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Taking Chances: TDF Fantasy Teams

July 2, 2011

In 2009 my Versus TDF fantasy team finished in the top two-to-three percent of all teams in the game.  I began to think Bob Roll could use a female side-kick for TDF television commentary — someone whose main qualification was a respectable knowledge of the sport.  Me for example.

The Versus (now NBC) fantasy team is a set of 15 riders you choose from among those competing in the TDF.  Points accumulate to your team based on the riders’ placings in each stage; the team with the highest points wins.  I believe over 20,000 teams played in the game in 2010.

As I selected my team for 2010, I rode a competence high.  But it turned into an entirely different July from the year before.  I started my days at work during the TDF by wandering over to a colleague and saying with a sigh, “My fantasy team sucks wind this year.”

Three of my 2010 team picks abandoned the TDF due to injuries sustained in crashes.  The rules prohibit replacing riders after the game begins, so I had three less opportunities to gain points than those with fully-manned teams.  Even this did not disabuse me of the suspicion that my 2009 performance was a fluke and my knowledge shallower than I had believed.

Each year since I began learning about the sport in 1995, I have absorbed more information about pro-cyclists’ individual and team strengths and weaknesses, and the strategies and tactics of road racing and how these vary by the type of course. One would think this would lead to improvements in fantasy team performance over the years.

Now on July 2nd, 2011, while excited about the TDF and another fantasy team to select, another chance to prove my prowess, I approach this year’s choice of riders with a bit of trepidation. If my team sucks two years in a row, I fear that will validate my deepest doubts about the extent of my pro-cycling knowledge — which of course could be fatal to my developing writing career on the subject.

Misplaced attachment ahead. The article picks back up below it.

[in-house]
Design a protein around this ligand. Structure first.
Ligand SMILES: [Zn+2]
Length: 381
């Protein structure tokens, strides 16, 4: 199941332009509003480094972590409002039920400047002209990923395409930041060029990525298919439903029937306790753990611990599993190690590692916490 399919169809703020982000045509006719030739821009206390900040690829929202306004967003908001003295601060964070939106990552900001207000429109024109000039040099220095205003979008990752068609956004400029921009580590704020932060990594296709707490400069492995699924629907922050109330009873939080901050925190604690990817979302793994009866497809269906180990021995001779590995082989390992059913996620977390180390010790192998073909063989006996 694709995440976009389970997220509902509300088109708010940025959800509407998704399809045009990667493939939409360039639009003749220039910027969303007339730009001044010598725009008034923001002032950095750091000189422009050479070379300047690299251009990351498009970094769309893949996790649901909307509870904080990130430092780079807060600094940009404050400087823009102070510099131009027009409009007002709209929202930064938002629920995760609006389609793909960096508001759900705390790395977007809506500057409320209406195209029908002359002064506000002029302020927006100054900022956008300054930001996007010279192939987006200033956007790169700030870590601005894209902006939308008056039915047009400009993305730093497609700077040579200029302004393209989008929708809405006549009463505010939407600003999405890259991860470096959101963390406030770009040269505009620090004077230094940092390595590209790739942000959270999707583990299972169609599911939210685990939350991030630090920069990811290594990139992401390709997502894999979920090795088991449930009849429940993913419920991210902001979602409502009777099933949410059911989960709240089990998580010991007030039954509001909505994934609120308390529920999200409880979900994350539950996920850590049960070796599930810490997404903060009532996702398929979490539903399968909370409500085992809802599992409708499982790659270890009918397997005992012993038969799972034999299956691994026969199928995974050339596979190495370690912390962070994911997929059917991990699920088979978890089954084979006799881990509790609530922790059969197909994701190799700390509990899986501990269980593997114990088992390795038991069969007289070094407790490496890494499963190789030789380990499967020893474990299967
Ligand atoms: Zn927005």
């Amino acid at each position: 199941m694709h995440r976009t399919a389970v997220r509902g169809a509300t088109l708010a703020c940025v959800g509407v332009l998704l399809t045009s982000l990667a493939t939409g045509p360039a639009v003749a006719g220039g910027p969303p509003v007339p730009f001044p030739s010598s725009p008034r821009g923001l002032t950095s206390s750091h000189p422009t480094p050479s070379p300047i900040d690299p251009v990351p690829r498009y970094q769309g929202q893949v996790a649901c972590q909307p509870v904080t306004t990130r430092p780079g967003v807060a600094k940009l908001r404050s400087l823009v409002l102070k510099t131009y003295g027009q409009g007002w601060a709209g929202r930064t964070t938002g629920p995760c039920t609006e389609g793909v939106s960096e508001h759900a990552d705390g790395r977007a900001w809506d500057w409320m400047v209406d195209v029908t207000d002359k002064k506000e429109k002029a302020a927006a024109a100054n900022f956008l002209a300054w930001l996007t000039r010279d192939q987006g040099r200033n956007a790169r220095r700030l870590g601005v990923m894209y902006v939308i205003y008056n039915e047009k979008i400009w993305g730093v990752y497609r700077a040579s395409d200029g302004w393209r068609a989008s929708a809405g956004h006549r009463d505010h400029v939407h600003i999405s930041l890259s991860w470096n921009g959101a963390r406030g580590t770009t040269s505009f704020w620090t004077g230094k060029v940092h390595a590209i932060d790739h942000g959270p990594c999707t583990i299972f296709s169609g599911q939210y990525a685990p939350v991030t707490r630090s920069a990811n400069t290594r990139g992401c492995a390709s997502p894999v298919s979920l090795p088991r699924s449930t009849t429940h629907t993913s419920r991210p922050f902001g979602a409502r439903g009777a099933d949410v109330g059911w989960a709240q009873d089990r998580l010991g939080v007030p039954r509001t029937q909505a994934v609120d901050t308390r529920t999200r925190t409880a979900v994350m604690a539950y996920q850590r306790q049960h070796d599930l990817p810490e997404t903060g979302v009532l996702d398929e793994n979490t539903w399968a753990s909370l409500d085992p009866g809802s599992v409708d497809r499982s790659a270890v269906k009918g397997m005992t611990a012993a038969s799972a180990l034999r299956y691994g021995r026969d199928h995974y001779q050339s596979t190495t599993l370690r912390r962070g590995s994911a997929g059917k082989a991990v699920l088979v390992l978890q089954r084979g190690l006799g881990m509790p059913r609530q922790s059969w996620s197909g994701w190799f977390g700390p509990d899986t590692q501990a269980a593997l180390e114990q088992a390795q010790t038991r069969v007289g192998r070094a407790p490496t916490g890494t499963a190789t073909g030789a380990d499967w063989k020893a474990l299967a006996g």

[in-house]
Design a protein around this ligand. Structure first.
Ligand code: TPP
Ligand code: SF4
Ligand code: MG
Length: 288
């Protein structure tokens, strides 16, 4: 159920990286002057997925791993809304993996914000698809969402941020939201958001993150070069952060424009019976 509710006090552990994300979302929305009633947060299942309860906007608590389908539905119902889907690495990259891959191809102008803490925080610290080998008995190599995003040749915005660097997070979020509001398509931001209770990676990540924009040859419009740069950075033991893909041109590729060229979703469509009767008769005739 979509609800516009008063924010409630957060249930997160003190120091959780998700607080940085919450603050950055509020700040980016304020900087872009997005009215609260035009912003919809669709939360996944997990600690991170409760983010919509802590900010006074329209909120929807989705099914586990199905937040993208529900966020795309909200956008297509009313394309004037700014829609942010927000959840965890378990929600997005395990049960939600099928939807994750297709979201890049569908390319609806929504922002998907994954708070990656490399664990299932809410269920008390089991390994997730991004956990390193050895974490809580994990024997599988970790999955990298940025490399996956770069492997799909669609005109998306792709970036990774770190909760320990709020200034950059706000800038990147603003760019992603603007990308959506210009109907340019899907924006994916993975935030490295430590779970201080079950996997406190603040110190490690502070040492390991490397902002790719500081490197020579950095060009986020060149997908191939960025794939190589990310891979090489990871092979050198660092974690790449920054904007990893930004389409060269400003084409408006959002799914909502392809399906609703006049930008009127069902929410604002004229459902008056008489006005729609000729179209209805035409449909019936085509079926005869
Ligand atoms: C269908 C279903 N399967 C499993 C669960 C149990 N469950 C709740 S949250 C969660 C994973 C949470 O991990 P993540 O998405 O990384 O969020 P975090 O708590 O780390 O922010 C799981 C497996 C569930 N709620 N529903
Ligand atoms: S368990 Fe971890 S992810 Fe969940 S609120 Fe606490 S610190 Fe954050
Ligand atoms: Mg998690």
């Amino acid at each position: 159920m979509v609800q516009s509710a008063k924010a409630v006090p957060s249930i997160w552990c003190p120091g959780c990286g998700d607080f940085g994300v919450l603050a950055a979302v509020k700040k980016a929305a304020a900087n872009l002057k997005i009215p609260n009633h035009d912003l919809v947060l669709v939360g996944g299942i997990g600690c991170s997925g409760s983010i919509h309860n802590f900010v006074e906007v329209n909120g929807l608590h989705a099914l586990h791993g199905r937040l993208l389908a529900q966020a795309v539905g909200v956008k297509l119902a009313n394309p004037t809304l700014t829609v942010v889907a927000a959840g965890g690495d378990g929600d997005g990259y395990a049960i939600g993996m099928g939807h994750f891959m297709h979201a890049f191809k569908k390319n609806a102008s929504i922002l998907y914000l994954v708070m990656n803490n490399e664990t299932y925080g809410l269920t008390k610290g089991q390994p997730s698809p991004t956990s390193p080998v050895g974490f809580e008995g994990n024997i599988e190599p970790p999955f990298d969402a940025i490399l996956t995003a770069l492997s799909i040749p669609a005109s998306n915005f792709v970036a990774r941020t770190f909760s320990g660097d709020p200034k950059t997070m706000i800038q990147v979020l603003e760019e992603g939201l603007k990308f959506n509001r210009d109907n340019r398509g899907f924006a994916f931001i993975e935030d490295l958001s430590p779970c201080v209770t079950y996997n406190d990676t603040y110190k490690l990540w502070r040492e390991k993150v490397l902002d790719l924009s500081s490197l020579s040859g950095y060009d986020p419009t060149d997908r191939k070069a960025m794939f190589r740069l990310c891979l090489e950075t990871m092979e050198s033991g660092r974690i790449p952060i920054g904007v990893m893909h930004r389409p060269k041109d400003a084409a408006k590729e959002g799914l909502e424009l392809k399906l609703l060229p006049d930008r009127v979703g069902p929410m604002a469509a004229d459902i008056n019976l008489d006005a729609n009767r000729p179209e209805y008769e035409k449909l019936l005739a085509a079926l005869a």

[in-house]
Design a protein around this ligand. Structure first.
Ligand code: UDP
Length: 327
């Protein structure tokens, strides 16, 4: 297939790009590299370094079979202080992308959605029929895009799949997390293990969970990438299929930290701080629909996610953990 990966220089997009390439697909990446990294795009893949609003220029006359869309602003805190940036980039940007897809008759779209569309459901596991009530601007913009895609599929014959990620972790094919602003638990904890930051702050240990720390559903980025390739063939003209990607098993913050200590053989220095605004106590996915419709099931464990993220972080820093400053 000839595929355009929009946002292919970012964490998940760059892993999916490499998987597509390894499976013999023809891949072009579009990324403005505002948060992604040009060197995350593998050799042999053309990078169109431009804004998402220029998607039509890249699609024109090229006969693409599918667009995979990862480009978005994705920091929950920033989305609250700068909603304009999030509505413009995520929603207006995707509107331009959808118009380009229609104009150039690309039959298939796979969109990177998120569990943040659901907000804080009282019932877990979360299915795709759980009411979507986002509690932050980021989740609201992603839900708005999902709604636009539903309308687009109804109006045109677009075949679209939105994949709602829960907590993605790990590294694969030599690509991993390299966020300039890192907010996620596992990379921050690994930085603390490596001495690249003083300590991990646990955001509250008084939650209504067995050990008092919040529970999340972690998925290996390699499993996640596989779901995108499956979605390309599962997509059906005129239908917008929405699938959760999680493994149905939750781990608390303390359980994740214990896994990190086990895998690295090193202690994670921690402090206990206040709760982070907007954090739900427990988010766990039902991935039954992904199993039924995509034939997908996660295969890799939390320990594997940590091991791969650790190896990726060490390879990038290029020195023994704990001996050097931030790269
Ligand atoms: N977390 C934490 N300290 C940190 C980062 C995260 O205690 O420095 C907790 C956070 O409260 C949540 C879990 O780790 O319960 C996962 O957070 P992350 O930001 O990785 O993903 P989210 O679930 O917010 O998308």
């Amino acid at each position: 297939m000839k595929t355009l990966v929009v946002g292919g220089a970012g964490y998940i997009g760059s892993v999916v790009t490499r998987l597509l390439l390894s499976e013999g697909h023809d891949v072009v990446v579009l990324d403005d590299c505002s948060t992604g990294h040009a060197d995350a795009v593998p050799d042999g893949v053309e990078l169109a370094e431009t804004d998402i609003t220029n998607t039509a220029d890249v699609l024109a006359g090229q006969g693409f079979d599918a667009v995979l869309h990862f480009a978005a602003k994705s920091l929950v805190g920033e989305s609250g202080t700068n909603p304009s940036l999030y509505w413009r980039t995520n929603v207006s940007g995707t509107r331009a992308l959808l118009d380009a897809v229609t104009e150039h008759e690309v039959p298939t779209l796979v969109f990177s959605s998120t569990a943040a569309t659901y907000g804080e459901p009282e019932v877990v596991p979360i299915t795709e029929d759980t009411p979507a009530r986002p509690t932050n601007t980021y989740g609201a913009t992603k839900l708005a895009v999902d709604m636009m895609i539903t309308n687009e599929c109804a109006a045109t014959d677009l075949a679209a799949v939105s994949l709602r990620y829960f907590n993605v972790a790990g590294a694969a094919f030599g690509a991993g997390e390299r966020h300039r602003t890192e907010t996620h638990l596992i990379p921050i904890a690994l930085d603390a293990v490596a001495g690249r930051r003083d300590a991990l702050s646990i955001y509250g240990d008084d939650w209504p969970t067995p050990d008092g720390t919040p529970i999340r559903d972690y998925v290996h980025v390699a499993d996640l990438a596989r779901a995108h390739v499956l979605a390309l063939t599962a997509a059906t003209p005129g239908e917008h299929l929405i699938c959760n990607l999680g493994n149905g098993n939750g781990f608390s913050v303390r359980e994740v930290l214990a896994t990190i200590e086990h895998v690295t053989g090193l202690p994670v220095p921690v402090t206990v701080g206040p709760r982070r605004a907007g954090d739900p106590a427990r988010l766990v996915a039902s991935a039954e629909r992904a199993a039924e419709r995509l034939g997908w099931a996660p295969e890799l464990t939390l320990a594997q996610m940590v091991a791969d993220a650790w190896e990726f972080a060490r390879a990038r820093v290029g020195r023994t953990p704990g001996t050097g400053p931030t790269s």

I recall as I write this that when I worked in process improvement, I met a renowned statistician who demonstrated that all predictions are crap-shoots. So here I am effectively basing my confidence in my competence on a crap-shoot result.  I wonder if the same thing happens to pro-cyclists: do they struggle with the same nonsensical assessments of their performance and possibilities based on outcomes that are highly subject to chance?

A pro-cyclist in the best form of his career could be in a great position to win a stage in the TDF, and then one of a number of things could whisk that almost-win away: a fan could take him down by turning a shoulder a few inches too far into the road, his tire could flat four km from the finish line, a cow could trot from a field into the road in front of him.  Each time things like this happen the pro-cyclist must not attribute the loss to lack of core competence; he must enter the next race confident in his abilities and potential to win.  The mental toughness of these athletes, whose competing ground is perhaps the least controlled among all sports, fascinates me.

Despite the crap-shoot nature of creating a high-scoring TDF fantasy team, I am studying each 2011 TDF stage to determine what type of rider could win it — pure sprinter, attacking-style hilly finisher, GC guy / climber, or break away artist.  With the practice fantasy team I have chosen so far, the riders’ finishes in today’s stage 1 placed me #277 in the overall standings of the game.  I haven’t figured out yet how many fantasy teams are competing.  There are at least 854 because that’s where my husband ranked today.

After he shares his ranking with me, I remind him I’ve learned almost all I know about bike racing from him.  I don’t tell him my Thai massage therapist once said I can get psychic “hits” about who is going to win.

From → Essays, Road Racing

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